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Duchenne muscular dystrophy (DMD) is a genetic disorder caused by loss of dystrophin, responsible for connecting actin to the sarcolemma and transferring force into the extracellular matrix. In humans, DMD presents at a young age, resulting in developmental delays, muscle necrosis, increased sarcoplasmic calcium, loss of ambulation, and early death. Current animal models do not model the severity of DMD without the addition of sensitizing mutations. Thus, it remains elusive if increased sarcoplasmic calcium observed in dystrophic muscles follows or leads the mechanical insults caused by the muscle’s disrupted contractile machinery. This knowledge has important implications for patients, as physiotherapeutic treatments may either help or exacerbate symptoms, depending on how dystrophic muscles differ from healthy ones.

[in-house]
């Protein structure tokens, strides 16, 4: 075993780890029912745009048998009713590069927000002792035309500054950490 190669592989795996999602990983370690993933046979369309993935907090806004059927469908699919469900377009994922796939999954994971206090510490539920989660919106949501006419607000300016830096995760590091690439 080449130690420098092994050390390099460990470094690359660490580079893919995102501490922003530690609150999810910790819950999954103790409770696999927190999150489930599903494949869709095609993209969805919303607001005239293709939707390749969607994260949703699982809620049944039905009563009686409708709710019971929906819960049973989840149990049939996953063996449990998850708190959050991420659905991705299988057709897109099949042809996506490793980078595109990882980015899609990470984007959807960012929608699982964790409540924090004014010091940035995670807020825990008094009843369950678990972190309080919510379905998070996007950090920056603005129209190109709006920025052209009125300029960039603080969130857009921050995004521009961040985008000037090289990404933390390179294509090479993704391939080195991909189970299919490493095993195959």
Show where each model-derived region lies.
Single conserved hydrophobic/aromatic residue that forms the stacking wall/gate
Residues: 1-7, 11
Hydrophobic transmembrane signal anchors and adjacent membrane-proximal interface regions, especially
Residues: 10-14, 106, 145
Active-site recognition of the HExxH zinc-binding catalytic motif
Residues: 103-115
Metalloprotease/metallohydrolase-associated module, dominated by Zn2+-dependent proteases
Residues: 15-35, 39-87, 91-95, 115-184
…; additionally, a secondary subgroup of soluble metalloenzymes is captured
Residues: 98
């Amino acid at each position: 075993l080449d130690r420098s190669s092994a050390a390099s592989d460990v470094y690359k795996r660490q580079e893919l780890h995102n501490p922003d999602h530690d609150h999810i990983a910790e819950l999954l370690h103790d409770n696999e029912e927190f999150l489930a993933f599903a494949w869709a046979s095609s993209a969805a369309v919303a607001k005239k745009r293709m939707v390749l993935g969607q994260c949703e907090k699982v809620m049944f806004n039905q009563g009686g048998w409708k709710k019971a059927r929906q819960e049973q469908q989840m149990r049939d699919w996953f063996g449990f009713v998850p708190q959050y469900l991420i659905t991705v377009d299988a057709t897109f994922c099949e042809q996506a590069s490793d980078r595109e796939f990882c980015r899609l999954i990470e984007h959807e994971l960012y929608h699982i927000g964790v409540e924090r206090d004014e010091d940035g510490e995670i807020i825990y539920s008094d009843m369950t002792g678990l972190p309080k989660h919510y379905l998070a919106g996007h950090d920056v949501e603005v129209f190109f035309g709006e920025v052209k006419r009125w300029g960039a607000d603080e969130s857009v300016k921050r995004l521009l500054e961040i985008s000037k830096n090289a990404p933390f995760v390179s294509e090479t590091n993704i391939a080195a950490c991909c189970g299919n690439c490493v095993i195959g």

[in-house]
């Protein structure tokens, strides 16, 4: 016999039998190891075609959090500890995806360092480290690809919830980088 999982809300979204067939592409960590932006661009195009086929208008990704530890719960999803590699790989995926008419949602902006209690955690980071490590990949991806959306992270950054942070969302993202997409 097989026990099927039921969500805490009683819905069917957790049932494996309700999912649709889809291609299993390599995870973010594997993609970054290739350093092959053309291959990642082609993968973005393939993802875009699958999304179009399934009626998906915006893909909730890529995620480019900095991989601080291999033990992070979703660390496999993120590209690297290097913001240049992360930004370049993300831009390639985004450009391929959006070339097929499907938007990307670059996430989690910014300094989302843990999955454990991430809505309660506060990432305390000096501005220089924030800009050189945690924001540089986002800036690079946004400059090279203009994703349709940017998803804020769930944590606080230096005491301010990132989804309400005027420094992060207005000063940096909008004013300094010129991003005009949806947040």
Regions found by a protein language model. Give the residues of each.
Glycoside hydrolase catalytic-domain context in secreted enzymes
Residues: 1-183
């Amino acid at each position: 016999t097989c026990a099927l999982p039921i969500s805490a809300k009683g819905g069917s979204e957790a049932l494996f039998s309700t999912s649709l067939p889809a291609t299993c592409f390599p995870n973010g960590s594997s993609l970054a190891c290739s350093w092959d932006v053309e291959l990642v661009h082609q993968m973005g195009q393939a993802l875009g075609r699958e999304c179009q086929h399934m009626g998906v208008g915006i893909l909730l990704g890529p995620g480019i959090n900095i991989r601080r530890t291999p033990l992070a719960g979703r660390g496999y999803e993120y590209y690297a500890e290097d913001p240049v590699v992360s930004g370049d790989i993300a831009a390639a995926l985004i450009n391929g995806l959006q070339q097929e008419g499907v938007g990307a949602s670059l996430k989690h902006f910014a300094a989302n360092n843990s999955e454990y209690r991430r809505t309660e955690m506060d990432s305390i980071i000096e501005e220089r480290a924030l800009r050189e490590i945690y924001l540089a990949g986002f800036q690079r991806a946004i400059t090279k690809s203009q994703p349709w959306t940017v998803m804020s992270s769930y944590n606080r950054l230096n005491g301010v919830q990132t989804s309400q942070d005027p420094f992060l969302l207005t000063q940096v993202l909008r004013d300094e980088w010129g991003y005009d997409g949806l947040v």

We observe that sarcoplasmic calcium dysregulation in dys-1 worms precedes overt structural phenotypes and can be mitigated by silencing calmodulin. Recently, we showed that burrowing dystrophic (dys-1) worms recapitulate many salient phenotypes of DMD. Here, we report dys-1 worms display early pathogenesis and increased lethality. To learn how dystrophic musculature responds to altered physical activity, we cultivated dys-1 animals in environments requiring either high intensity or high frequency muscle exertion during locomotion. We find that several muscular parameters (such as size) improve with increased activity. However, longevity in dystrophic animals was negatively associated with muscular exertion regardless of the duration of the effort. The high degree of phenotypic conservation between dystrophic worms and humans provides a unique opportunity to gain insights into DMD’s underlying pathology and to assess potential treatment strategies.
Hughes, Kiley, "Muscular Exertion Exacerbates Degeneration In A C. Elegans Model Of Duchenne Muscular Dystrophy" (2021). Biology. 19.